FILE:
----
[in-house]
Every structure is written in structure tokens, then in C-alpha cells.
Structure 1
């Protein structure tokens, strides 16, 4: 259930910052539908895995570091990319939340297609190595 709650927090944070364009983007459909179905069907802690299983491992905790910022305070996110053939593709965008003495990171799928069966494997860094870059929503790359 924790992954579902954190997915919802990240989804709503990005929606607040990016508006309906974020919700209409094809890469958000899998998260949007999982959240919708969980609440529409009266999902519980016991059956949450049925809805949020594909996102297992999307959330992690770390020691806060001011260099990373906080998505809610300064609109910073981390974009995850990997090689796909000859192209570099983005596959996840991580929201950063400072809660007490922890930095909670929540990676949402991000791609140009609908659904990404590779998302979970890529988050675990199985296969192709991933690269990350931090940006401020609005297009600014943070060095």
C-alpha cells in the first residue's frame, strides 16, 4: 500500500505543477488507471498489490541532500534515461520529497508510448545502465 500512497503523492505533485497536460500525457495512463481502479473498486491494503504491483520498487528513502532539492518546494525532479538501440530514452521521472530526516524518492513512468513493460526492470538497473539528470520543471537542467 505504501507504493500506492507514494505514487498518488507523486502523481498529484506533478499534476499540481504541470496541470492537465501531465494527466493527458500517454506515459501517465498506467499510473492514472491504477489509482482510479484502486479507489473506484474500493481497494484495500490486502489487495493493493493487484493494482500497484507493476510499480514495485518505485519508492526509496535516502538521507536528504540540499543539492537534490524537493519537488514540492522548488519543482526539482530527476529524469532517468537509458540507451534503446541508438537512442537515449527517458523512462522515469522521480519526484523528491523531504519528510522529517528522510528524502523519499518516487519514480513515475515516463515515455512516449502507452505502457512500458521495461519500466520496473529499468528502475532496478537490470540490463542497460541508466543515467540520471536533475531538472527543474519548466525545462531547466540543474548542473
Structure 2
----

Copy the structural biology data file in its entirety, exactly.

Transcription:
[in-house]
Every structure is written in structure tokens, then in C-alpha cells.
Structure 1
């Protein structure tokens, strides 16, 4: 259930910052539908895995570091990319939340297609190595 709650927090944070364009983007459909179905069907802690299983491992905790910022305070996110053939593709965008003495990171799928069966494997860094870059929503790359 924790992954579902954190997915919802990240989804709503990005929606607040990016508006309906974020919700209409094809890469958000899998998260949007999982959240919708969980609440529409009266999902519980016991059956949450049925809805949020594909996102297992999307959330992690770390020691806060001011260099990373906080998505809610300064609109910073981390974009995850990997090689796909000859192209570099983005596959996840991580929201950063400072809660007490922890930095909670929540990676949402991000791609140009609908659904990404590779998302979970890529988050675990199985296969192709991933690269990350931090940006401020609005297009600014943070060095």
C-alpha cells in the first residue's frame, strides 16, 4: 500500500505543477488507471498489490541532500534515461520529497508510448545502465 500512497503523492505533485497536460500525457495512463481502479473498486491494503504491483520498487528513502532539492518546494525532479538501440530514452521521472530526516524518492513512468513493460526492470538497473539528470520543471537542467 505504501507504493500506492507514494505514487498518488507523486502523481498529484506533478499534476499540481504541470496541470492537465501531465494527466493527458500517454506515459501517465498506467499510473492514472491504477489509482482510479484502486479507489473506484474500493481497494484495500490486502489487495493493493493487484493494482500497484507493476510499480514495485518505485519508492526509496535516502538521507536528504540540499543539492537534490524537493519537488514540492522548488519543482526539482530527476529524469532517468537509458540507451534503446541508438537512442537515449527517458523512462522515469522521480519526484523528491523531504519528510522529517528522510528524502523519499518516487519514480513515475515516463515515455512516449502507452505502457512500458521495461519500466520496473529499468528502475532496478537490470540490463542497460541508466543515467540520471536533475531538472527543474519548466525545462531547466540543474548542473
Structure 2